Friday, 15 February 2019

'Tis not wealth makes men

Moonfleet Moonfleet is a cracking good children's adventure story with a moral. It begins with John Trenchard, aged 15, inspired by a story of buried treasure. He sets out to make his fortune by finding it.

John himself relates the tale, and most of the action takes place on the Dorset coast, in and around the fictional village of Moonfleet where he lives. The residents are poor but generally happy, as they make the most of what little they have. John becomes a surrogate son to Elzevier Block, a noble character in spite of his smuggling exploits. Dastardly Magistrate Maskew's betrays the villagers to the Revenue men. John's Aunt Jane, who raised him after the death of his parents, was "too strict and precise ever to make [him] love her", and Grace Maskew is rather too saintly to be credible. But the characters are not as important as the adventure which takes John far from the home he loves.

J Meade Falkner wrote the book in 1898 and set it in the mid-1700s, so the writing style is old-fashioned. Regardless, his descriptions of the sea are wonderfully vivid, and readers may experience feelings of giddiness and vertigo in the episode when John and Elzevier escape customs officers by climbing a cliff.

By the end of the book, young readers may have learned "'tis not wealth makes men", and that "a good woman's love is worth far more than all the gold and jewels of the world".

Saturday, 9 February 2019

Regretting is always pointless

Moon Tiger "Regretting is always pointless, since there is no undoing". So says Claudia Hampton as she lies dying in a hospital bed. She has been writing "a history of the world. [-] The Life and Times of Claudia H."

Penelope Lively's Moon Tiger is Claudia's story, primarily narrated by Claudia herself, warts and all. Working as a war correspondent in Egypt during WW2, she describes herself as "by far the best looking [woman in a predominantly male occupation]. As well as the most resourceful, the most astute, the least deceivable. And the most immodest." She is dismissive of her brother Gordon's wife Sylvia, and leaves a lot to be desired as a mother, admitting, "I was no good at kissing away tears or telling bedtime stories -any mother can do that: my uses were potentially far more significant." But one can't help admiring her, and feeling a great deal of sympathy for her.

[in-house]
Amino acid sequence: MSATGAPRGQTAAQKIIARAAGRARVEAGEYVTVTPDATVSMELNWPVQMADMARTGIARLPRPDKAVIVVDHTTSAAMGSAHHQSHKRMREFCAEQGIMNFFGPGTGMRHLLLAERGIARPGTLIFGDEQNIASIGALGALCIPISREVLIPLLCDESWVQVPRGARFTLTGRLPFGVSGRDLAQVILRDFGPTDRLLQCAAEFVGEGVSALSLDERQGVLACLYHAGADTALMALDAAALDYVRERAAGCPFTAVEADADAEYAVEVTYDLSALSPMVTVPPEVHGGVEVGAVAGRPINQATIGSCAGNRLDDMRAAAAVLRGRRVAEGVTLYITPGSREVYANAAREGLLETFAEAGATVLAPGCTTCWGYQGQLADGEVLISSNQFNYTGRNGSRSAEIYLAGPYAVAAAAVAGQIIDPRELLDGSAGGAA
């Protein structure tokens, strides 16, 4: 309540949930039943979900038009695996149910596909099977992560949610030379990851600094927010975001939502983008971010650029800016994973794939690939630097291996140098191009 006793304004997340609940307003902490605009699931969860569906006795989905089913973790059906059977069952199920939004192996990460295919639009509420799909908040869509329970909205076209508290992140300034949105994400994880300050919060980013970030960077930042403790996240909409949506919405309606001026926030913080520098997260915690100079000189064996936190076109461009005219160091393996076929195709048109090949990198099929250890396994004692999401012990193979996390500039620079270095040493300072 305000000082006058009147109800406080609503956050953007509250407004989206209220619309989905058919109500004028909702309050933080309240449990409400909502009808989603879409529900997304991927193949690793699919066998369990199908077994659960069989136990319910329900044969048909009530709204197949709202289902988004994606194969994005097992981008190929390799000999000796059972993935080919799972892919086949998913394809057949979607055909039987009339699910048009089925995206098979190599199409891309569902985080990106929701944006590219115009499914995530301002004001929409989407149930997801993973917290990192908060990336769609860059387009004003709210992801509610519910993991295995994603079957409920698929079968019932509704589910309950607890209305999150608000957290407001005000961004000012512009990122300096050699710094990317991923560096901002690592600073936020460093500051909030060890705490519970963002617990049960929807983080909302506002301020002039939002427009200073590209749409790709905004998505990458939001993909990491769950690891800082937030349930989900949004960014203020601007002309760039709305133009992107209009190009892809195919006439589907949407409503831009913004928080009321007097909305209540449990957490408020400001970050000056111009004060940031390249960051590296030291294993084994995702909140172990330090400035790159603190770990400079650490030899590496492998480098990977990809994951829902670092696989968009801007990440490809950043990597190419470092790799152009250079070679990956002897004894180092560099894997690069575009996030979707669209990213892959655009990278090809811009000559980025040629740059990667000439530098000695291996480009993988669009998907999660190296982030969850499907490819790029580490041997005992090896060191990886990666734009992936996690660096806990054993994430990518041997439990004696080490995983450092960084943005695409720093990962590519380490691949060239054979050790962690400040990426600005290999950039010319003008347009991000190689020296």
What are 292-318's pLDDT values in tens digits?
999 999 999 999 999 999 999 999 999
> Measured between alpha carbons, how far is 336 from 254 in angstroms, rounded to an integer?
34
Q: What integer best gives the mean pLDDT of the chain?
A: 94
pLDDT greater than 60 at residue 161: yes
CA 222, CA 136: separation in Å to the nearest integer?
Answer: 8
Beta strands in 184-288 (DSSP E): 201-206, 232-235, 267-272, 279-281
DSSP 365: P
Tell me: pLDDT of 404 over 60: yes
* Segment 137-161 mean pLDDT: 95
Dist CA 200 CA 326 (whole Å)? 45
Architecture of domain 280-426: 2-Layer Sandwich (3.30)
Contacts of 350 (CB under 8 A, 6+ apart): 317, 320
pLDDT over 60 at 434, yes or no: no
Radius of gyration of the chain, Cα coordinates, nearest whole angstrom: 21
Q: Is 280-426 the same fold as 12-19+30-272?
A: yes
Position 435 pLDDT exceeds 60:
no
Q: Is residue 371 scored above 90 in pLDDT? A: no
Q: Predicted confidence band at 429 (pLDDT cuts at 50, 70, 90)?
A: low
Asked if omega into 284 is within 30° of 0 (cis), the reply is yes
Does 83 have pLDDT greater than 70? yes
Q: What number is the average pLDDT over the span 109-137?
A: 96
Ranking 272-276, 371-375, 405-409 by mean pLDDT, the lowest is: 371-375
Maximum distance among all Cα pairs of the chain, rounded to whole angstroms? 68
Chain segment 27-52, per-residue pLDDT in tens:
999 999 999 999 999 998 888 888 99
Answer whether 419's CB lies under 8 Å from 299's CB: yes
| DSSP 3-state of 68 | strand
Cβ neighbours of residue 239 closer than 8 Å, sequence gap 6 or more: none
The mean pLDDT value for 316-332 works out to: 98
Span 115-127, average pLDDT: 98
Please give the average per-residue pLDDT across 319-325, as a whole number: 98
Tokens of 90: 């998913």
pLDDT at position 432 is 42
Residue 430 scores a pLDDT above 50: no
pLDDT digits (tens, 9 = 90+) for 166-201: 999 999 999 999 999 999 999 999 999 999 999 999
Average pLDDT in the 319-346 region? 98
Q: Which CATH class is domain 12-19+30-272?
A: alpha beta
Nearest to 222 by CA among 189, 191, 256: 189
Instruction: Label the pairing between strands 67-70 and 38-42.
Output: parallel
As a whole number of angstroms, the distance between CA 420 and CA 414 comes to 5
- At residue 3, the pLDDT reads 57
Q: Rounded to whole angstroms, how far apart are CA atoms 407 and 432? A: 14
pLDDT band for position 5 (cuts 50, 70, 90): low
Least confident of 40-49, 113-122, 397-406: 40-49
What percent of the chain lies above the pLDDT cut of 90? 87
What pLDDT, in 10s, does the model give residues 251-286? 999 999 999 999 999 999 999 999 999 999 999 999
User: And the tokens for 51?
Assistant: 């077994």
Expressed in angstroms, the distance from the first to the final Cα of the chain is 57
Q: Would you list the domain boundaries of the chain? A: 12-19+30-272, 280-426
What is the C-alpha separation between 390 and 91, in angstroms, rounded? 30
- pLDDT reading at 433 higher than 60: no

The writing style may initially put some readers off. Sections shift between Claudia's personal voice and a narrator that tells the story from other characters' points of view. It also moves between the present and past tenses, so readers need to concentrate. It's well worth the effort tho'.

Friday, 1 February 2019

People like us don't go to plays, let alone act in them

An Awfully Big Adventure An Awfully Big Adventure opens with a mystery. A girl, who we soon discover is Stella Bradshaw, insists she's "not the only one at fault" whilst an adult, Rose, declares "God forgive us, but it'll be good for business." Beryl Bainbridge then slowly reveals the events that have led to this tragic occurrence, and explains what Stella's role has been.

The story is set in a Liverpool repertory theatre company shortly after WW2, inspired by Bainbridge's own experiences working at the Liverpool Playhouse. Stella's Uncle Vernon encourages her to take up acting and takes her to the theatre for a job. Meredith the director, and Bunny the stage manager make it " plain to Stella that neither man liked the look of her", but spite of this, the girl develops an unrequited crush on Meredith.

It's worth noting that the book's title is a reference to Peter Pan, and the Epigraph quotes several lines spoken by The Lost Boys, which is one of the plays staged by the theatre company. Stella's own mother "lost" her, and much of the girl's character is defined by this. The story also deals with relationships and sex from a humorous, working class perspective. Stella's sexual knowledge is gleaned from library books, which told her "Penetration [-] was inescapably painful unless one had played a lot of tennis or ridden stallions." Her attitude was that "It had to happen sometime and now was as good a time as any. She wanted to get it over with." People like her didn't talk about these things, "Emotions weren't like washing. There was no call to peg them out for all the world to view."

It's the second Beryl Bainbridge book I've read, the first being The Bottle Factory Outing. Both deserve a second reading, as it took several chapters to get into them. In An Awfully Big Adventure, there are an awful lot of characters to remember, and it didn't help that two names, Dotty and Dawn, were similar. The writing style can suddenly jump from one scene to another without warning, as does the narrative point of view. However, by half way through I was hooked, and the ending was very satisfying.